DISNEY: GUARD CONTENT
Notably, Powell excluded from his plan any proposal to deal with digital piracy. That issue is critical to Disney, which has said HDTV content would be threatened if movies and TV shows are illegally copied and distributed over the Internet.
"We need to move forward on both the DTV rollout and content protection at the same time," said Disney executive vice president of worldwide government relations Preston Padden.
Wiley asserted that copy protection could not be ignored.
"Obviously, that copy-protection issue is probably the most important of anything you've got," he said.
Powell's aims aren't complicated. FCC officials said they want the networks to produce HDTV programming, the distributors to carry it, and the TV set makers to include DTV turners so consumers can view it.
The metrics of the plan suggest the FCC's goal is attainable. The top 100 markets comprise 85 percent of U.S. households. Two-thirds of cable systems are at 750-MHz capacity, and DBS carriers' signals shower every state in the union.
FCC sources said the cable industry was not required to carry broadcaster-supplied HDTV programming, noting that operators could comply by carrying only cable networks.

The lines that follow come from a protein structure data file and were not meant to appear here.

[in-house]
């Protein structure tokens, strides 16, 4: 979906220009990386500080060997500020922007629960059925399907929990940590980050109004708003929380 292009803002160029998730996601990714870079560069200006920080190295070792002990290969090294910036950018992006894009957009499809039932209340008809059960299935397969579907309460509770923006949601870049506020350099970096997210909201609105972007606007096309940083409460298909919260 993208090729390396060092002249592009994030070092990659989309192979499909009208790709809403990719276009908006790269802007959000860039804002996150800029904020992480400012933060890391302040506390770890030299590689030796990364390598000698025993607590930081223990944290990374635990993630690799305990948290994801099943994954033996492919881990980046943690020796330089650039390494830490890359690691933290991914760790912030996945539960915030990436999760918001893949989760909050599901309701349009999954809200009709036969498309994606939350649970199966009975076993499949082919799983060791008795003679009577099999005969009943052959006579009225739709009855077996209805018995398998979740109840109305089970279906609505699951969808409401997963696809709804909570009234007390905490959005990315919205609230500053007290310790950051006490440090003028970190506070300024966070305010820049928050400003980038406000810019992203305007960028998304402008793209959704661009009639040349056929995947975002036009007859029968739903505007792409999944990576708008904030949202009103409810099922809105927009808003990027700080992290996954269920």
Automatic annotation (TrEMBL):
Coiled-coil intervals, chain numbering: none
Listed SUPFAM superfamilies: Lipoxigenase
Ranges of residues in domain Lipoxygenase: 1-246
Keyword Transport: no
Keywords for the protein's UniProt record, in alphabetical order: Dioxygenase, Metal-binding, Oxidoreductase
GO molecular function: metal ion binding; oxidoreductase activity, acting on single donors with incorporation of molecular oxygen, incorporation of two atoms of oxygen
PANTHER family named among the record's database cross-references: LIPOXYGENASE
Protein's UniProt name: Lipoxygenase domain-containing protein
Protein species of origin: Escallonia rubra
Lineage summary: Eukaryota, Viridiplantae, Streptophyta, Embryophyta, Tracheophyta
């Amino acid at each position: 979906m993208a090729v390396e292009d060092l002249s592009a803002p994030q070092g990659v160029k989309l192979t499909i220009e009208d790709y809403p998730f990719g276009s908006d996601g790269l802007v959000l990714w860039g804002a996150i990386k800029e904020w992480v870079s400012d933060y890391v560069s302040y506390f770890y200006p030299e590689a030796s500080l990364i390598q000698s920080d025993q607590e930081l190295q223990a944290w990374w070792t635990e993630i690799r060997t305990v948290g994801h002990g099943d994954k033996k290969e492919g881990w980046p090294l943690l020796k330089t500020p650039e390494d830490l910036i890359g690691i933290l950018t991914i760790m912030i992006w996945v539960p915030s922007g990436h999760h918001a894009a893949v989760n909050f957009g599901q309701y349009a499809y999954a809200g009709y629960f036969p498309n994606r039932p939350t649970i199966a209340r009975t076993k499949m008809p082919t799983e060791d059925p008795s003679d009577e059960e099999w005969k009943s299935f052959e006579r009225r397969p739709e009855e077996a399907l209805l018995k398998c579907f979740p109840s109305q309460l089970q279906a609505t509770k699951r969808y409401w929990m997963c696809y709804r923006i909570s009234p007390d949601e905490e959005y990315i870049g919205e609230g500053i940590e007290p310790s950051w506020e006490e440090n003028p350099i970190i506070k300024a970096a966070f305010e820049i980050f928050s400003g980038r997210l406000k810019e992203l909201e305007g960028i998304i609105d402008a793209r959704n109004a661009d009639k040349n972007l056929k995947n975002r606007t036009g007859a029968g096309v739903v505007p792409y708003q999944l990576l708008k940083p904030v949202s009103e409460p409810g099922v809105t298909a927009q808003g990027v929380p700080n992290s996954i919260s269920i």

"The idea here is to get the high-value programming in front of consumers. We are agnostic [as to] whether it's broadcast or cable programming," an FCC source said.
NCTA SOUNDS NEUTRAL
In a statement, the National Cable & Telecommunications Association neither endorsed nor opposed Powell's plan.
"Chairman Powell has put forward some thought-provoking proposals, several of which the cable industry is already actively working to accomplish," said NCTA president Robert Sachs. "Other of Chairman Powell's proposals warrant further study. We look forward to discussing these proposals with Chairman Powell."
The cable industry was puzzled a bit by the FCC's reference to "value-added DTV programming."
Powell classified that programming as not only HDTV but also "innovative multicasting, interactive, etc. — so long as it gives consumers something significantly different than what they currently receive in analog."
One possibility is cable carriage of multiple channels of educational programming supplied by PBS, an FCC source said.
"We are not suggesting that HD is the only way you can go," the FCC source said.